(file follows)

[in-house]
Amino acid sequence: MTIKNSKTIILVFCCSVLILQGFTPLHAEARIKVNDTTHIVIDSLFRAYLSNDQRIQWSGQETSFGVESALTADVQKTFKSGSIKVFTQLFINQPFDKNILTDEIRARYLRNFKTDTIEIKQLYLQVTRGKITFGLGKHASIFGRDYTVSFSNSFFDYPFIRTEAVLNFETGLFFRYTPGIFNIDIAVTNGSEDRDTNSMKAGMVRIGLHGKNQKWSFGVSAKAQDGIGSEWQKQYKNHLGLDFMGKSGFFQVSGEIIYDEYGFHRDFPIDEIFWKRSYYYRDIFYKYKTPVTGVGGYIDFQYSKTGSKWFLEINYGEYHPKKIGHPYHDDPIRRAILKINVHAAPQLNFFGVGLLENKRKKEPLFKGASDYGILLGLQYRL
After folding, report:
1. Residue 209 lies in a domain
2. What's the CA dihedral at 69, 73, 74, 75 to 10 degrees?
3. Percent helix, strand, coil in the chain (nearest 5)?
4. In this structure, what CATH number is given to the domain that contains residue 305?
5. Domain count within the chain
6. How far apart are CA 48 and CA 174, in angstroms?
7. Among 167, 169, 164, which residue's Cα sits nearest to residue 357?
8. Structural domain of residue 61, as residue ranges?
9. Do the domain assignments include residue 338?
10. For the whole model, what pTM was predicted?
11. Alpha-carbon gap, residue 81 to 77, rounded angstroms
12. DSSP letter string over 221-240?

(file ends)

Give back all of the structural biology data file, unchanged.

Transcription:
[in-house]
Amino acid sequence: MTIKNSKTIILVFCCSVLILQGFTPLHAEARIKVNDTTHIVIDSLFRAYLSNDQRIQWSGQETSFGVESALTADVQKTFKSGSIKVFTQLFINQPFDKNILTDEIRARYLRNFKTDTIEIKQLYLQVTRGKITFGLGKHASIFGRDYTVSFSNSFFDYPFIRTEAVLNFETGLFFRYTPGIFNIDIAVTNGSEDRDTNSMKAGMVRIGLHGKNQKWSFGVSAKAQDGIGSEWQKQYKNHLGLDFMGKSGFFQVSGEIIYDEYGFHRDFPIDEIFWKRSYYYRDIFYKYKTPVTGVGGYIDFQYSKTGSKWFLEINYGEYHPKKIGHPYHDDPIRRAILKINVHAAPQLNFFGVGLLENKRKKEPLFKGASDYGILLGLQYRL
After folding, report:
1. Residue 209 lies in a domain
2. What's the CA dihedral at 69, 73, 74, 75 to 10 degrees?
3. Percent helix, strand, coil in the chain (nearest 5)?
4. In this structure, what CATH number is given to the domain that contains residue 305?
5. Domain count within the chain
6. How far apart are CA 48 and CA 174, in angstroms?
7. Among 167, 169, 164, which residue's Cα sits nearest to residue 357?
8. Structural domain of residue 61, as residue ranges?
9. Do the domain assignments include residue 338?
10. For the whole model, what pTM was predicted?
11. Alpha-carbon gap, residue 81 to 77, rounded angstroms
12. DSSP letter string over 221-240?